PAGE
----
FAITH. A seemingly small word, yet packed with so much power. Just mentioning FAITH can send some running for the hills to hide and others dropping to their knees to pray. My journey to faith has been down some long and winding roads.
It was important to my parents that their children were raised in faith, so every Sunday we attended service at our family’s Lutheran church. Everyone was there… Aunts, Uncles, Cousins, Great Grandmother, and Grandparents; church attendance was a family affair.
All religion really meant to me as a little girl was I had to look proper in a dress, hosiery and fancy shoes (all of which I despised) and sit with adults to quietly pay attention to a older man preaching a sermon that went over my head most times. Yes “back in my day” there wasn’t a children’s church. Once you reached a certain age you were kicked out of the nursery and forced to sit with your parents on hard wooden benches for an hour.
Sad to admit… I was a Stepford Child of God. I had all the hymns, creeds, and prayers memorized at a very young age. Each Sunday like clockwork I knew when we were supposed sit and listen, when we were supposed to stand and pray, when we were supposed to recite creeds, and when we were supposed to sing. The Sunday service was choreographed and timed with great precision. This auto-pilot faith left me jaded.
In college I questioned everything about FAITH. In my quest for answers I explored. First, I stopped regularly attending church, so I could deprogram my pre-conditioned faith. Then, I transferred to a private Catholic college. On my first day, I was appalled when the priest professor proclaimed that cheating was a sin and we would go to hell. Oh. My. What did I get myself into here? It wasn’t long, maybe a semester or two, and I transferred back to a state school. I found the separation of church and state comforting.
At my new state school, a sorority sister was concerned for my soul when she discovered I had avoided church for years. She convinced me I needed to go one Sunday, so I reluctantly accompanied her to church. It was good to be formally walking in FAITH again, but I felt out of place, so after a few visits I had all sorts of reasons why I couldn’t join her. Soon my friend stopped inviting me. I’m guessing I was added to her prayer list.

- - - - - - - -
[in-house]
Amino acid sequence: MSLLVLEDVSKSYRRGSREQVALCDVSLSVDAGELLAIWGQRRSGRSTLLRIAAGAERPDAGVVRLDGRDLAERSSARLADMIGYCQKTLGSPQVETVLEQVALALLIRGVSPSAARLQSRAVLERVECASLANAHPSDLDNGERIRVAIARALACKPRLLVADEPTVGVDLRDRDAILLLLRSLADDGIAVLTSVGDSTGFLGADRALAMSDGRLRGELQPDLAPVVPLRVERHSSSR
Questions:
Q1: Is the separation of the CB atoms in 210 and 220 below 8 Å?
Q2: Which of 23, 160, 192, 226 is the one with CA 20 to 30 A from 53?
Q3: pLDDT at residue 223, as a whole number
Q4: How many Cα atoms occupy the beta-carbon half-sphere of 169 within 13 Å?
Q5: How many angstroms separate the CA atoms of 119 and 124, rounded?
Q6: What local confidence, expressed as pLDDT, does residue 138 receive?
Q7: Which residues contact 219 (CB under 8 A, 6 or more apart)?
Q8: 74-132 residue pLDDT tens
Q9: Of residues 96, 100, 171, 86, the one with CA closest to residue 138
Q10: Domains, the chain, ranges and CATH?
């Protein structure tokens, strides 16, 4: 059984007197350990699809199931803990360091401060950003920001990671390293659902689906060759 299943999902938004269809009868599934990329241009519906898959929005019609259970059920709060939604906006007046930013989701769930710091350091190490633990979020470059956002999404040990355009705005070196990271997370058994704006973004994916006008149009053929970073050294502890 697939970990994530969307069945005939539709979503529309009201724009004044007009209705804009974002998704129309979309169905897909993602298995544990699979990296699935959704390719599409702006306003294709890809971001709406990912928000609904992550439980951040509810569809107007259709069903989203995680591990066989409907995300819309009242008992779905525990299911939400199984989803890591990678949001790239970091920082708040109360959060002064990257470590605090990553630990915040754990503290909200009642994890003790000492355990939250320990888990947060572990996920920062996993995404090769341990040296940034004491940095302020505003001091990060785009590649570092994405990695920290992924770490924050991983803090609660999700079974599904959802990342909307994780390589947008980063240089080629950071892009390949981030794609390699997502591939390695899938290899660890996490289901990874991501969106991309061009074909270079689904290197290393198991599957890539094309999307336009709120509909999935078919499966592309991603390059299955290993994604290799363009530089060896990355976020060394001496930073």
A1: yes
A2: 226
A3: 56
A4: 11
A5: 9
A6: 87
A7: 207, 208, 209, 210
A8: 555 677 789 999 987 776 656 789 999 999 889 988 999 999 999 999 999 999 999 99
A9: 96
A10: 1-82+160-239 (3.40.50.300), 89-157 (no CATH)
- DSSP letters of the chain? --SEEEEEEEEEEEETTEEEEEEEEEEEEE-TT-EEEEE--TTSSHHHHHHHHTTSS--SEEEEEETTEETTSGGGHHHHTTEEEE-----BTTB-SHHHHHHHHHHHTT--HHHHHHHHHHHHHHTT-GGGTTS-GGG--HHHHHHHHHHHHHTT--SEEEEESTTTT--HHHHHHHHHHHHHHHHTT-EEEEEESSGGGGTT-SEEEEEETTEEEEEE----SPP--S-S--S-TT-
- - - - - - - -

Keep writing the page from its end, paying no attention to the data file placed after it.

Years had passed and I was working at my first corporate job. One of my coworkers reached out because she too was worried by my lack of regular church attendance. After weeks of badgering I finally agreed to attend with her one Sunday. Much to my dismay she was a member of a church that believed in four hour services. What? In my experience, church was over in exactly 59 minutes and 59 seconds (remember, perfectly timed). I was lost in this marathon worship service. By the end of the four hours people were flopping around on the floor and speaking in tongues. I wasn’t sure if it was a result of their faith or simply after four hours they had lost their minds? Much to my coworker’s dismay, I never returned to her church.
So based on these experiences I again retreated from church and continued my nightly prayers. During my hiatus, my grandmother called to express her concern. I remember telling her my faith was personal and private, that I need not attend a church to have a relationship with God and I assured her I prayed every night. As a God-fearing woman she was in no way comforted by my response and I have a feeling she increased her prayers for me. Looking down from heaven, Granny would be happy to know I’ve finally found a church that suits me perfectly. I may not attend every Sunday, but when I do I’m no longer a Stepford Child of God and the sermons are exactly what I need to hear.
Today I pray on my walk into work, throughout the day, and end my day with a nightly prayer – just as I did as a child when my parents would tuck me in to bed. I’m thankful my parents started me out on this spiritual journey. I’m grateful for all that I learned during my zig-zag path of discovery to find what faith means to me.
I find after much exploration, I still question formalized religion and I whole-heartedly believe in a higher power. For me, that power is God. Walking in faith is different for everyone. No matter how I’ve questioned my faith… my faith in God has carried me through life. FAITH is what YOU make it.
© Renae Rossman and Candy Coated Reality™